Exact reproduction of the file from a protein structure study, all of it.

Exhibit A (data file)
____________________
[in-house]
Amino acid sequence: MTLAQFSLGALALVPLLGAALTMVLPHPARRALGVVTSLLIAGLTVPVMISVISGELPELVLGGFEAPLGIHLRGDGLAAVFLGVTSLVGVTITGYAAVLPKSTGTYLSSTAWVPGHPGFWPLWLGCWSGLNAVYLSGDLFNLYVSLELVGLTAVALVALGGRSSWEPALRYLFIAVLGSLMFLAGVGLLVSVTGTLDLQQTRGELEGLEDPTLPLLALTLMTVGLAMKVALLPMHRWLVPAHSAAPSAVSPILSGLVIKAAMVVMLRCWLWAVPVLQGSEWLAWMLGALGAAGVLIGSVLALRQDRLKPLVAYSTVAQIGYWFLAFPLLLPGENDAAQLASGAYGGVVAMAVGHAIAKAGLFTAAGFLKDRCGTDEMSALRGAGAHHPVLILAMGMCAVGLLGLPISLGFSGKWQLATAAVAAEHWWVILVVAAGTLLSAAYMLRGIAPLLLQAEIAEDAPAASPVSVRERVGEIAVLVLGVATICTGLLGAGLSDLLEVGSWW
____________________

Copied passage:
[in-house]
Amino acid sequence: MTLAQFSLGALALVPLLGAALTMVLPHPARRALGVVTSLLIAGLTVPVMISVISGELPELVLGGFEAPLGIHLRGDGLAAVFLGVTSLVGVTITGYAAVLPKSTGTYLSSTAWVPGHPGFWPLWLGCWSGLNAVYLSGDLFNLYVSLELVGLTAVALVALGGRSSWEPALRYLFIAVLGSLMFLAGVGLLVSVTGTLDLQQTRGELEGLEDPTLPLLALTLMTVGLAMKVALLPMHRWLVPAHSAAPSAVSPILSGLVIKAAMVVMLRCWLWAVPVLQGSEWLAWMLGALGAAGVLIGSVLALRQDRLKPLVAYSTVAQIGYWFLAFPLLLPGENDAAQLASGAYGGVVAMAVGHAIAKAGLFTAAGFLKDRCGTDEMSALRGAGAHHPVLILAMGMCAVGLLGLPISLGFSGKWQLATAAVAAEHWWVILVVAAGTLLSAAYMLRGIAPLLLQAEIAEDAPAASPVSVRERVGEIAVLVLGVATICTGLLGAGLSDLLEVGSWW